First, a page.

The Center for Tax Competition researches the impact of strong tax competition and the preservation of financial privacy on individual freedom and property.


Government actions, financed through taxes, divert resources from a more productive use, one preferred by the individuals concerned. Taxes should threfore be reduced to a minimum. The very fact of levying taxes can also cost an important part of the funds collected, a cost that is a net loss for society. This cost should at least be minimized by implementing more efficient tax systems.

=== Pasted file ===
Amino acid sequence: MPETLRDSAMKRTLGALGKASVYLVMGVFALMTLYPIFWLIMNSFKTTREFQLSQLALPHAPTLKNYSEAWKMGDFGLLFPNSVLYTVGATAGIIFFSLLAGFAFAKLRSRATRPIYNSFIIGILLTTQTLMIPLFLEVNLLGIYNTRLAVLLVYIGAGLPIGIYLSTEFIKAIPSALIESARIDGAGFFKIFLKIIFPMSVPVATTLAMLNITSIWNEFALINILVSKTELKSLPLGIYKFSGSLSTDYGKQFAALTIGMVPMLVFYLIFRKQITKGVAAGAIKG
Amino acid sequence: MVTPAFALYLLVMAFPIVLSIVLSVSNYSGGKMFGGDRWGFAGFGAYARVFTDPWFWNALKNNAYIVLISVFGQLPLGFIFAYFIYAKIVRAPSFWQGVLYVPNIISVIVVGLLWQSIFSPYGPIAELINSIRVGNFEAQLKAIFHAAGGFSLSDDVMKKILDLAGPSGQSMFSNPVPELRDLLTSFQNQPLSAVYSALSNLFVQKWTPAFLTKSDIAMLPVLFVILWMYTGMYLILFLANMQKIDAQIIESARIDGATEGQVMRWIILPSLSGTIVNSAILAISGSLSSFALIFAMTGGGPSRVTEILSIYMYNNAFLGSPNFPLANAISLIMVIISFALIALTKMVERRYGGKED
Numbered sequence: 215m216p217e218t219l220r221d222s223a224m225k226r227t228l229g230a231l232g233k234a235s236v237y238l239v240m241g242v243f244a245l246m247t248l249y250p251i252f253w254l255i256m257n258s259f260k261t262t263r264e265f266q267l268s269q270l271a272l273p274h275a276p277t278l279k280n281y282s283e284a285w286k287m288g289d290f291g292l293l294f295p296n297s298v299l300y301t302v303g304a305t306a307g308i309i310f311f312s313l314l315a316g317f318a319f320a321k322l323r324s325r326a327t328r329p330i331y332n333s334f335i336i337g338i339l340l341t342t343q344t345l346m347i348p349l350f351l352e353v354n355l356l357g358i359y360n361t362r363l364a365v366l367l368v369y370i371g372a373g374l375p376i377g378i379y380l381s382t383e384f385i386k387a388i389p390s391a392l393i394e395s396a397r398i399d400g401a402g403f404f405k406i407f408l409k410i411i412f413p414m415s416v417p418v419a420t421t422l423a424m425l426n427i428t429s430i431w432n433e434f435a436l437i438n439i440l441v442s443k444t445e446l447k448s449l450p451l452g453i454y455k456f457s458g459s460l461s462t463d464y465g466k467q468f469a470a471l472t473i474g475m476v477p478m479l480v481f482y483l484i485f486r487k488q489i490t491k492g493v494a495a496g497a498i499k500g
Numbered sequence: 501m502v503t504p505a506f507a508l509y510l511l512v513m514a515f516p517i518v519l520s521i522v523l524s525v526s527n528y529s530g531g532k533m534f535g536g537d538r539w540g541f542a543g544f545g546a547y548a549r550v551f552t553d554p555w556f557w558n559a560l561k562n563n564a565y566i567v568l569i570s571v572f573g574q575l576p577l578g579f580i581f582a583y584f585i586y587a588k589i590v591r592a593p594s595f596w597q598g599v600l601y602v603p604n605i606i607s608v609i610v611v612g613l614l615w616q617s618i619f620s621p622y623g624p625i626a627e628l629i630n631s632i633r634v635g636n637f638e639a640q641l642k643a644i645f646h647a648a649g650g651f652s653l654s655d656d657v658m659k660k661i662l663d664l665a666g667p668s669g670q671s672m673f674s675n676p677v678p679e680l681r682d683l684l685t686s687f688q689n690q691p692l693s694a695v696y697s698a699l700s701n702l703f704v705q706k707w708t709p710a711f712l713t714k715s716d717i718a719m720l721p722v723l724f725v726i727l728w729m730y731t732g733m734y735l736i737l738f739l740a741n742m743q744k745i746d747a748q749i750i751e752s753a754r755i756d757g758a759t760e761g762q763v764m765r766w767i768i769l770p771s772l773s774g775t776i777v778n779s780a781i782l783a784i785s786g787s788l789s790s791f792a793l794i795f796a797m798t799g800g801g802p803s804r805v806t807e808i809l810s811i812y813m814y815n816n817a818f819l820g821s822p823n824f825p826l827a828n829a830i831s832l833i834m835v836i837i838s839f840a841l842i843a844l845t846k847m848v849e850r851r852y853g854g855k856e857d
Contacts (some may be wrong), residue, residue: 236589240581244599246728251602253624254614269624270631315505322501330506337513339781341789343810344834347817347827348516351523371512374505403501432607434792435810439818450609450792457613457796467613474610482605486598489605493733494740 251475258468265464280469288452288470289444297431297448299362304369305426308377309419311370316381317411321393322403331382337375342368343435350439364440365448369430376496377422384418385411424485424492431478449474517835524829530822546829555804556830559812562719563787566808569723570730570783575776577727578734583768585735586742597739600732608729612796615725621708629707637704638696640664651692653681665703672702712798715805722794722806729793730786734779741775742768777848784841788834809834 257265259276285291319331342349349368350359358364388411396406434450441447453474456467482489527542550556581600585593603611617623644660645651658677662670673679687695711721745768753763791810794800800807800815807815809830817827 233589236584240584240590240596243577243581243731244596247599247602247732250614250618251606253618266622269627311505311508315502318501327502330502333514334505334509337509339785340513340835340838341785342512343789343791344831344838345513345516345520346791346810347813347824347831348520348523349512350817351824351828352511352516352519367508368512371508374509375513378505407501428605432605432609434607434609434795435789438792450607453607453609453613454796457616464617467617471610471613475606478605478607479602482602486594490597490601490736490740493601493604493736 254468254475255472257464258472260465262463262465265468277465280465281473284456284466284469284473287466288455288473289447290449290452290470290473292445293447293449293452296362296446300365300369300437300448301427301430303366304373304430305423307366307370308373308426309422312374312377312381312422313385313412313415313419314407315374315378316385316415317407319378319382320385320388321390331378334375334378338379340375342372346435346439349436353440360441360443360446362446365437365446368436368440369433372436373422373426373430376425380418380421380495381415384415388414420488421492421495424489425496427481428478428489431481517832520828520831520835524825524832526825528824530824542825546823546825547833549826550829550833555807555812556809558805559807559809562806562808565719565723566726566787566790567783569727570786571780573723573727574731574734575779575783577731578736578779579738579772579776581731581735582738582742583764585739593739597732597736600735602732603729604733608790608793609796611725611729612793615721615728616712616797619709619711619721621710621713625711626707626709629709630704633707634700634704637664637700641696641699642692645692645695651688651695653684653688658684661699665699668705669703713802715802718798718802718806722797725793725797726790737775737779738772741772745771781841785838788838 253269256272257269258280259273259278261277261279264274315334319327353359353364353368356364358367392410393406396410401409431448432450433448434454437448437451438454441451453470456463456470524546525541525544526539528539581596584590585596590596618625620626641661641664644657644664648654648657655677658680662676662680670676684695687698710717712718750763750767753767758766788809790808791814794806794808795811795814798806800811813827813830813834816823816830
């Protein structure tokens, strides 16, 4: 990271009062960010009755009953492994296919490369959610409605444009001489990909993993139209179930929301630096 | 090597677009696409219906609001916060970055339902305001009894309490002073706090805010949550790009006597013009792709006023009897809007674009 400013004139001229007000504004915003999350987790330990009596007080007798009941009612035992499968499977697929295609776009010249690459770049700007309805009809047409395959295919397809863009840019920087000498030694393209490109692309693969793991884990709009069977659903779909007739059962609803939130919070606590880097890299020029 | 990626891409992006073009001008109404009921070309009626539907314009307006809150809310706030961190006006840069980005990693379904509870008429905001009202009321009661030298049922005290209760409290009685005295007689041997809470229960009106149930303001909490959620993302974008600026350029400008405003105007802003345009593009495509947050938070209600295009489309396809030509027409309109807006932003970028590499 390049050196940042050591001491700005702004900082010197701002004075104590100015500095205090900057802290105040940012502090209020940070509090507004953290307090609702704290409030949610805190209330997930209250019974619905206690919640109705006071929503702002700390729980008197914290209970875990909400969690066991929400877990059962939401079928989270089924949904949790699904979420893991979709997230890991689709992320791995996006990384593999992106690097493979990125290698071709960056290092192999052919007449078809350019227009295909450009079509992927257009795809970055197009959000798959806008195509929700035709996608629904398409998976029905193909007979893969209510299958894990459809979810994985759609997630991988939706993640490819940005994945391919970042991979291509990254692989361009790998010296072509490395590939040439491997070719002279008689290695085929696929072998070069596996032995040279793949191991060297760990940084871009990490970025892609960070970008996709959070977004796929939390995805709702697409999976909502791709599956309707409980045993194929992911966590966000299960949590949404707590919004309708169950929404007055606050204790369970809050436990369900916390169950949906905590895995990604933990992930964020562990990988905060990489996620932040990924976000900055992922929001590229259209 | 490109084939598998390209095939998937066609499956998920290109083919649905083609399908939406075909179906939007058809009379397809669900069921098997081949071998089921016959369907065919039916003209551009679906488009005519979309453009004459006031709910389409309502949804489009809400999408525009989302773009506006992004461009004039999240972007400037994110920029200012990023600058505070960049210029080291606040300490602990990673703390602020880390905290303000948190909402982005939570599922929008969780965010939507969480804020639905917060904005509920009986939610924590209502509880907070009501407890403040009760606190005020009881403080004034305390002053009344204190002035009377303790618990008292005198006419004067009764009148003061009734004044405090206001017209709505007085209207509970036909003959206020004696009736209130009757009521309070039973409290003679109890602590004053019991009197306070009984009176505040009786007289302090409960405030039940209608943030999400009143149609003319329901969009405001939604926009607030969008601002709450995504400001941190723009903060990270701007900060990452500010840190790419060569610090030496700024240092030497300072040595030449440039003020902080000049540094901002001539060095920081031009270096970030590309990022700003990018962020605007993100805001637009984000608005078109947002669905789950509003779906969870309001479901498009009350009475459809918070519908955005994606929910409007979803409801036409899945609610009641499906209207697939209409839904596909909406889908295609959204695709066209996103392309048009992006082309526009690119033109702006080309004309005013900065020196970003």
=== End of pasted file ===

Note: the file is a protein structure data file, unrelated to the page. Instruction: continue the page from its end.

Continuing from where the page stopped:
However, the need for efficiency should not be misunderstood as a full identification with government objectives and lead to the maximization of government revenues as the ultimate goal. Indeed, every tax levy implies that some money will not be used according to the preferences willingly chosen and paid for by their rightful owner, but instead will be used for purposes that can very well be wanted only by the government's agents and none of the taxpayers who have to pay for it. The goal, therefore, should not be to look for the optimum of the Laffer curve and maximize government revenues, but rather to minimize the tax burden of taxpayers.